There's your typical North American hand saw such as a Disston that usually
cuts on the push stroke and there's your typical Japanese saw that cuts on
the pull stroke.
The Japanese saws (all that I can find) seem to be smaller fine toothed saws
I'd typically use for some type of fine cutting.
I'm looking for a full sized Disston type saw that cuts on the pull stroke
like the Japanese models. Anybody know of any? Why can't I seem to find one
Don't see the original post, but the OP might want to look at
http://www.traditionalwoodworker.com/default.php/cPath/37_308 . They
have a variety of timber saws that are either bidirectional or cut on
the pull stroke, some made in Germany and some in Japan. All theirs
are crosscut. The prices seem reasonable for what they are selling.
He might also want to look at their Japanese saw section--they have a
heavy carpentry "Z" brand saw that might be a good choice (note that
in tests the "Z" brand has sometimes outperformed very high priced
http://www.fine-tools.com/kobiki.htm has more information including
the Japanese nomenclature for larger saws. They have both rip and
crosscut variants and a couple of models, and will ship to the US, but
their prices even before shipping are much higher than Traditional
http://nokogiri.com/ has several fairly substantial Japanese saws for
very reasonable prices.
Beyond that, googling "japanese timber saw", "kobiki nokogiri",
"maebiki nokogiri", and "temagori nokogiri" will yield some sources
and a lot more information, including photos and descriptions of the
use of some Japanese antiques of the sort that are no longer being
I suspect that a Japanese today who would in prior years have used a
kobiki nokogiri just fires up the chain saw.
If he wants something that can be bought locally, Sears stores stock
the 12" Shark Saw General Carpentry Saw (Sears item 00936581000) for
under 20 bucks. If that's not big enough he can find a 15" and an 18"
from the same company--Sears doesn't stock them though--googling
10-2315 and 10-2318 will find a wealth of suppliers for those--Amazon
lists both for aroune 20 bucks and shipping.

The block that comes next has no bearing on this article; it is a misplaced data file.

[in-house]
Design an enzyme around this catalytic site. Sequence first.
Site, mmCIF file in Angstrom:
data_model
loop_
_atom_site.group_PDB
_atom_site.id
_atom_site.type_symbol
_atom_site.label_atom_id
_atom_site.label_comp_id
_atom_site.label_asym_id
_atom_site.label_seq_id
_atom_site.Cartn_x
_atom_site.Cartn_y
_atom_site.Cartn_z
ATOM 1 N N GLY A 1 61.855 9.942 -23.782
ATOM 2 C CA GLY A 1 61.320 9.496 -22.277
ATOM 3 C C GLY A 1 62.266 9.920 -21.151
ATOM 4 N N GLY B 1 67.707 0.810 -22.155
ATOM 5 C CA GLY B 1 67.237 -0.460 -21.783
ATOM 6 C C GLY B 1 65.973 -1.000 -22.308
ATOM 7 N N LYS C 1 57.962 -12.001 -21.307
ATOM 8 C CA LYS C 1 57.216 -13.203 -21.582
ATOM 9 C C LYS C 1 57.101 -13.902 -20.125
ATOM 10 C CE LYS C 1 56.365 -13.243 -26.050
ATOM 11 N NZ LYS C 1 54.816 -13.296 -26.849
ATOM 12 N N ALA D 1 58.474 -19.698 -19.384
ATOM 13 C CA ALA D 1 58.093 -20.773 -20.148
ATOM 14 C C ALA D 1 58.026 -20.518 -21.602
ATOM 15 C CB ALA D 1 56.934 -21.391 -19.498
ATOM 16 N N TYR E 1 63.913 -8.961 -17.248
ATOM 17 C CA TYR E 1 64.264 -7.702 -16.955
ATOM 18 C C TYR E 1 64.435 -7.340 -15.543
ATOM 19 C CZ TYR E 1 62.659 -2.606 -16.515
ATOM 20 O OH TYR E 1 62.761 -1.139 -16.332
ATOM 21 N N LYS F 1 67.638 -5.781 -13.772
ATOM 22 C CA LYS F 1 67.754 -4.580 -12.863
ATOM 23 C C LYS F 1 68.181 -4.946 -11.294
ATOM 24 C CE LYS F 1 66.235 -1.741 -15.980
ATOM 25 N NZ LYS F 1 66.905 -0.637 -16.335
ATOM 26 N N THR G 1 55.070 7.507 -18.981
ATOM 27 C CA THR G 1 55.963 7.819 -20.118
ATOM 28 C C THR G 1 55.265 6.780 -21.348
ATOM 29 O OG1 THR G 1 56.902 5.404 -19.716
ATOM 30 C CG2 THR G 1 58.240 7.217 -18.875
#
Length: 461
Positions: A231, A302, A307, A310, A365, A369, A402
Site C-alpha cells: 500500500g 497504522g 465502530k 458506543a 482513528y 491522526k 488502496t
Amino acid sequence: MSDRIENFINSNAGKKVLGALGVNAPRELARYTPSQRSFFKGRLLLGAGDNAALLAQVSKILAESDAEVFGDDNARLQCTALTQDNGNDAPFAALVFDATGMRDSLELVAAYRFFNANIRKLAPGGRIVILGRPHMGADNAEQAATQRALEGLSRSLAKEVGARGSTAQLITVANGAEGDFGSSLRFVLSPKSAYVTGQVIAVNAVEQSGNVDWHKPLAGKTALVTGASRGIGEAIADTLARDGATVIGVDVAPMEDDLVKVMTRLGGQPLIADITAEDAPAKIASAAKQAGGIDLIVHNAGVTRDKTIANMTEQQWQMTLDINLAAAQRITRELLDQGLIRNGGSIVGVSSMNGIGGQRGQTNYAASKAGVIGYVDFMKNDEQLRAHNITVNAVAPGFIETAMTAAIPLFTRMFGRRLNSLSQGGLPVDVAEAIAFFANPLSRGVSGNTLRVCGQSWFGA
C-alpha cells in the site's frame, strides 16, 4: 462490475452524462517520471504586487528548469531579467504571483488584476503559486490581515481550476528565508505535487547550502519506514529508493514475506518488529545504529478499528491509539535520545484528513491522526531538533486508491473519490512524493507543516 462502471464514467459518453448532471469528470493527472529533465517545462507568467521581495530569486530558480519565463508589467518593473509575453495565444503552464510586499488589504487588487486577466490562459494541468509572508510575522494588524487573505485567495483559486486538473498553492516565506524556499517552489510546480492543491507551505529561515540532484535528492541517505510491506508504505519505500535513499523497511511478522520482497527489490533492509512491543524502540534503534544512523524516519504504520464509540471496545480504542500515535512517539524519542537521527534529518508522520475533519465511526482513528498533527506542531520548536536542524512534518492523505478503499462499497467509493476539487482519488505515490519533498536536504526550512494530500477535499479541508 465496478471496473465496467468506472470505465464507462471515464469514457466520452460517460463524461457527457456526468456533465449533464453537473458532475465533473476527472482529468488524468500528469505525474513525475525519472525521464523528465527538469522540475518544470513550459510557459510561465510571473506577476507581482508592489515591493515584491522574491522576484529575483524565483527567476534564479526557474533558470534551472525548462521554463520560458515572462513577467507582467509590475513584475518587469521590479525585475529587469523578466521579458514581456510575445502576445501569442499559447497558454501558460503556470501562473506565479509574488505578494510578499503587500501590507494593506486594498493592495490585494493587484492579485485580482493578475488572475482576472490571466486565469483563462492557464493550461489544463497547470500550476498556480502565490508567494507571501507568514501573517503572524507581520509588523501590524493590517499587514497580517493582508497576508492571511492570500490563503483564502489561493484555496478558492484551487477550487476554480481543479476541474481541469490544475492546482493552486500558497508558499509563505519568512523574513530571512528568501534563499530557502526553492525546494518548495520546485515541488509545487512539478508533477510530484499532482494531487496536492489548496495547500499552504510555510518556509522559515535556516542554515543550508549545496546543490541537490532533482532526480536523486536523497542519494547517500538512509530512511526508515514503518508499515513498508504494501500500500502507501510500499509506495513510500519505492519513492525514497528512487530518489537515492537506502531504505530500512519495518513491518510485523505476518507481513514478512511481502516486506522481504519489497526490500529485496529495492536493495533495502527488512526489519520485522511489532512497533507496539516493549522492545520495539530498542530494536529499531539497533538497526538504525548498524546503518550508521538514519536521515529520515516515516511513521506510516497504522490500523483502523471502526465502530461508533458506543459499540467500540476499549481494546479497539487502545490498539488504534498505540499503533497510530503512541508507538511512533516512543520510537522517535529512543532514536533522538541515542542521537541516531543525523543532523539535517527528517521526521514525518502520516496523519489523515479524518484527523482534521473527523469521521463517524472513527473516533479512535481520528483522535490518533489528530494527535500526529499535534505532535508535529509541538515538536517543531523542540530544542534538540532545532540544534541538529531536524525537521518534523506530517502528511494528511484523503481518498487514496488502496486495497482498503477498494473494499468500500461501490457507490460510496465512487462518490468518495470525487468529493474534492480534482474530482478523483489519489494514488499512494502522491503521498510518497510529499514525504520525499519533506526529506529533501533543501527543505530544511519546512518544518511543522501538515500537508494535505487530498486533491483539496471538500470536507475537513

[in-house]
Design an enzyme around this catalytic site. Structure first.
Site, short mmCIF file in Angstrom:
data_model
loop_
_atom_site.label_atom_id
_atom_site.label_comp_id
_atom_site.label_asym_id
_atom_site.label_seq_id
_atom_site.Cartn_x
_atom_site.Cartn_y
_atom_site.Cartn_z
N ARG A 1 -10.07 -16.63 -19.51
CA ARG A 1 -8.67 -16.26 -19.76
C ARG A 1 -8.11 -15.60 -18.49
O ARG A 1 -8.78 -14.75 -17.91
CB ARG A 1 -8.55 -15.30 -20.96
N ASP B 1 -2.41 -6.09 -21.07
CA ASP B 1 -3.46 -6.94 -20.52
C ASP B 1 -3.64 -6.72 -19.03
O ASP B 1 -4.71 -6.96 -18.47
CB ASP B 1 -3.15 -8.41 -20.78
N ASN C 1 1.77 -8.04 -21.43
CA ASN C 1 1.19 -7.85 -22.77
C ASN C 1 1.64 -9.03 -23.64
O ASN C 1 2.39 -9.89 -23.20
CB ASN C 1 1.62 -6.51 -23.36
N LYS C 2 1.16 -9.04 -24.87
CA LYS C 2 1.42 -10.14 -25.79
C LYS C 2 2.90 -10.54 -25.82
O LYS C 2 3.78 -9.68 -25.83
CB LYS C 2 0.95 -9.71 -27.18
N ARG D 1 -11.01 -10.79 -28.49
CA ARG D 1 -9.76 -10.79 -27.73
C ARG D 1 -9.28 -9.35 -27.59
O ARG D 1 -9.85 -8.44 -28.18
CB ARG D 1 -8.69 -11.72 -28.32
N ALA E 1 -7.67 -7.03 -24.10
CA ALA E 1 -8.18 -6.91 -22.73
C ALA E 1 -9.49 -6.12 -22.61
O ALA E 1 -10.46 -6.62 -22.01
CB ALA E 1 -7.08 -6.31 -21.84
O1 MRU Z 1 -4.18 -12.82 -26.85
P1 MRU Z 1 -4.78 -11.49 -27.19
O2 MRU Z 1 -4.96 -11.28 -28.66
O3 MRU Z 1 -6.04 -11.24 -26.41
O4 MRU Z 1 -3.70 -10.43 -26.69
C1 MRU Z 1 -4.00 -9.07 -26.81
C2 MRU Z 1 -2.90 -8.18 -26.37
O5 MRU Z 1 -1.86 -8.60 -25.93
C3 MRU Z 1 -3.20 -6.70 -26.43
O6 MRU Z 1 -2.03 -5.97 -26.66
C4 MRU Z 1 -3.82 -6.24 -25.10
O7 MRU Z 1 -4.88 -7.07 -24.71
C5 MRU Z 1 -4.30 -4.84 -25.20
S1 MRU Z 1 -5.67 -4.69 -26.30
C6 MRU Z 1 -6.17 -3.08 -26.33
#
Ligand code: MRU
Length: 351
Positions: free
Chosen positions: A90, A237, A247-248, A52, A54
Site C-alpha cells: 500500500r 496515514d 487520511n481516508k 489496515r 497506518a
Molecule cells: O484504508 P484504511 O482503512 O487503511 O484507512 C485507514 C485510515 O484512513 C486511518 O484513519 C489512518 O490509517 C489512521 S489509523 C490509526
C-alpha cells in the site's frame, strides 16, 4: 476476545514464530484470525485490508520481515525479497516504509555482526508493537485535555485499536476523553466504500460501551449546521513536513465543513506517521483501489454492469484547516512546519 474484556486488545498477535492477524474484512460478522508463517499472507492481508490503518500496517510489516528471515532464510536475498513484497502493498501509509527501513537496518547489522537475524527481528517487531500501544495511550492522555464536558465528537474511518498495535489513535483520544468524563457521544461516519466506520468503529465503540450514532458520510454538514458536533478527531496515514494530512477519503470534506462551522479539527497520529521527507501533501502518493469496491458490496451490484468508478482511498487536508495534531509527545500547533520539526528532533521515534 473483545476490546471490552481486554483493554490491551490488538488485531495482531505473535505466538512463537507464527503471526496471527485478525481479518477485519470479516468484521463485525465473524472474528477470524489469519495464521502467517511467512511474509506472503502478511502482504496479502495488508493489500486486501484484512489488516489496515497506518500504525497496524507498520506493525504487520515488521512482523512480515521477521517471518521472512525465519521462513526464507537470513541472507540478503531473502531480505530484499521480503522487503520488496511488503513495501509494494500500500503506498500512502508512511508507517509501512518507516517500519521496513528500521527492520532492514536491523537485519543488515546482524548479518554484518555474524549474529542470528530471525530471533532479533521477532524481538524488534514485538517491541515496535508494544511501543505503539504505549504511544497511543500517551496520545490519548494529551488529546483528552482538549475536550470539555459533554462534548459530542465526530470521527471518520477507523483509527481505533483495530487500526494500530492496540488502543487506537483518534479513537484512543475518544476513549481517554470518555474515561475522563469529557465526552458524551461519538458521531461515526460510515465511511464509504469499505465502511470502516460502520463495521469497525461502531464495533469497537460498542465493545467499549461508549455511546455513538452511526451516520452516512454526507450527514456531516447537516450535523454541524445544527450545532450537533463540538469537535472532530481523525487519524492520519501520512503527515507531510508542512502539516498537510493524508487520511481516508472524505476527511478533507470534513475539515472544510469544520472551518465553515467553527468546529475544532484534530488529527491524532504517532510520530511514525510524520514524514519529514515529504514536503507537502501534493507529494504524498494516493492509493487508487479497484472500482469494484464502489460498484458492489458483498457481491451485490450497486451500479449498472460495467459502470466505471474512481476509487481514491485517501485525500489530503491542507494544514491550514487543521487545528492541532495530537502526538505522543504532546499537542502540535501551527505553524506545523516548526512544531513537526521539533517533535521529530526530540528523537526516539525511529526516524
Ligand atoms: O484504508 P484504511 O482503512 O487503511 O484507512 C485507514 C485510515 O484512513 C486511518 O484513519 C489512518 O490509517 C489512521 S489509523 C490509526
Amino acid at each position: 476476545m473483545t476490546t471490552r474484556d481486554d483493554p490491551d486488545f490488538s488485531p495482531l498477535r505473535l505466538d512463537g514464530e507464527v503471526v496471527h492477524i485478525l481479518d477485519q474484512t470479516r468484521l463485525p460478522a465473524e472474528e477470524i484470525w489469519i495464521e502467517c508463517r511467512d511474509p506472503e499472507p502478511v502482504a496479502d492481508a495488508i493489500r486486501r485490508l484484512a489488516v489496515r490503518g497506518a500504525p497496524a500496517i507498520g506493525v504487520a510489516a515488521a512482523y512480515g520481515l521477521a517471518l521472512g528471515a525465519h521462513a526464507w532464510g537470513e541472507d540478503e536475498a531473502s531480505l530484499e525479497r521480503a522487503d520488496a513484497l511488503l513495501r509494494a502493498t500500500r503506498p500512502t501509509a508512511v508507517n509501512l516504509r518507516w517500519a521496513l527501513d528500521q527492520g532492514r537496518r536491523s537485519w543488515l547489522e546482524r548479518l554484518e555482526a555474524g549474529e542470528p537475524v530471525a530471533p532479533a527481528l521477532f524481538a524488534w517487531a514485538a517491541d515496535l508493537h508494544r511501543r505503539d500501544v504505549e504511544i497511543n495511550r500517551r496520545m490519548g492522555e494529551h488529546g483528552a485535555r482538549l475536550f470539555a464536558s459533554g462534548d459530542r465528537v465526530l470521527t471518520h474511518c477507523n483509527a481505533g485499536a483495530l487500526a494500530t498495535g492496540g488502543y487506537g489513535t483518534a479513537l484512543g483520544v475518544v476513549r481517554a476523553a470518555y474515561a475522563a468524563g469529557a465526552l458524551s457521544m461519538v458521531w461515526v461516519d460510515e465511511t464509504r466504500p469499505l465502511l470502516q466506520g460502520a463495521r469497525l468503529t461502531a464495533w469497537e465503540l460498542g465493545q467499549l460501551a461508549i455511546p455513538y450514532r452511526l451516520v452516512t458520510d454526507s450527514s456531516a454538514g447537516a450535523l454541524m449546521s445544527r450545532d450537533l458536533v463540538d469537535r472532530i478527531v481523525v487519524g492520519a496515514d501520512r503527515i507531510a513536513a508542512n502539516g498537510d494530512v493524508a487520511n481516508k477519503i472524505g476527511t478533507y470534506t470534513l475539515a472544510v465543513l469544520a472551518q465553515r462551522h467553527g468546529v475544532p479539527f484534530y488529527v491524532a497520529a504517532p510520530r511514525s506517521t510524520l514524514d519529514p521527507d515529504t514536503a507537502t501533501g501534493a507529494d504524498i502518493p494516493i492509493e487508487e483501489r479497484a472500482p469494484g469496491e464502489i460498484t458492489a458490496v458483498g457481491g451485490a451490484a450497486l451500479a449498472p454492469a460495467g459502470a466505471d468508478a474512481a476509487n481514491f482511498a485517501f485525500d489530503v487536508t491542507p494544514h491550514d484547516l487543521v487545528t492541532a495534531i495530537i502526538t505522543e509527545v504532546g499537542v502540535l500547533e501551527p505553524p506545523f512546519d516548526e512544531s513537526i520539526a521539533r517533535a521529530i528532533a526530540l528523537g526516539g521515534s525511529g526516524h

Seems a bit odd to have a large pull-cut saw. I have three Japanese
pull-cut saws that work very well on smaller, tighter areas. On a
larger saw, the blade will have the tendency to be pulled out of the
handle. Certainly, a different set of arm muscles to work.
On Sat, 01 Nov 2008 11:12:36 -0400, Phisherman wrote:
I have one of the good-sized two edged ones (ryoba?). It works well,
except, as you say, the blade occasionally pulls out of the handle. I
keep meaning to epoxy it in, but it hasn't been that bad yet :-).
But does it have a 24-36 inch blade? No. I'd guess it at 14-15 inches.
You can't seem to find one to buy because you wouldn't like it after
you bought it. It wouldn't work very well.
You need downward pressure on the teeth to get them to cut. With a
normal Disston-type handsaw, having the handle well above the line of
the teeth gives you quite a bit of downward pressure - on the push
stroke. On the pull stroke, though, it tends to lift the teeth out of
If you look at a typical crosscut tooth, you'll find that the rake
angle is not that much different on the front and back of the tooth.
I've seen saws filed with equal angles front and back. A Disston-type
handsaw will cut on the backstroke, but only if you add downward
pressure to the cut. That's awkward to do with that style handle.
A good saw shop can easily wipe out the teeth on your handsaw and re-
cut them so that they are facing backwards. Try it. Don't use a good
saw, though - I don't think you'll like it.
I use a wheelchair John. Able bodied people stand above the work they're
cutting and use their body as a major part of the force needed for a push to
cut stroke. That's not something I can do anymore. Typically, when I use a
handsaw, I *am* pulling on a downward angle, so the type of saw I'm looking
for is exactly what I need and what I want. I've also got a smaller toolbox
saw with that cuts on the pull stroke and it works great as far as I'm
I often cut from below with a pull stroke as well. But with a pruning
saw, not a handsaw. The pruning saw has a handle somewhat like that
on a Disston-type handsaw, and the teeth are designed to cut on the
pull stroke. Just what you want. But the low placement of the handle
and the curve of the blade put your pulling force below the line of
the teeth, so that it keeps them biting into the work.
The typical Disston-type handsaw has the handle well above the cutting
line of the teeth. Regardless of the position you cut from, pulling
on the handle tends to lift the teeth away from the work.
You might get it to work better if you punch new holes in the blade
and reposition the handle so that it is below the teeth.
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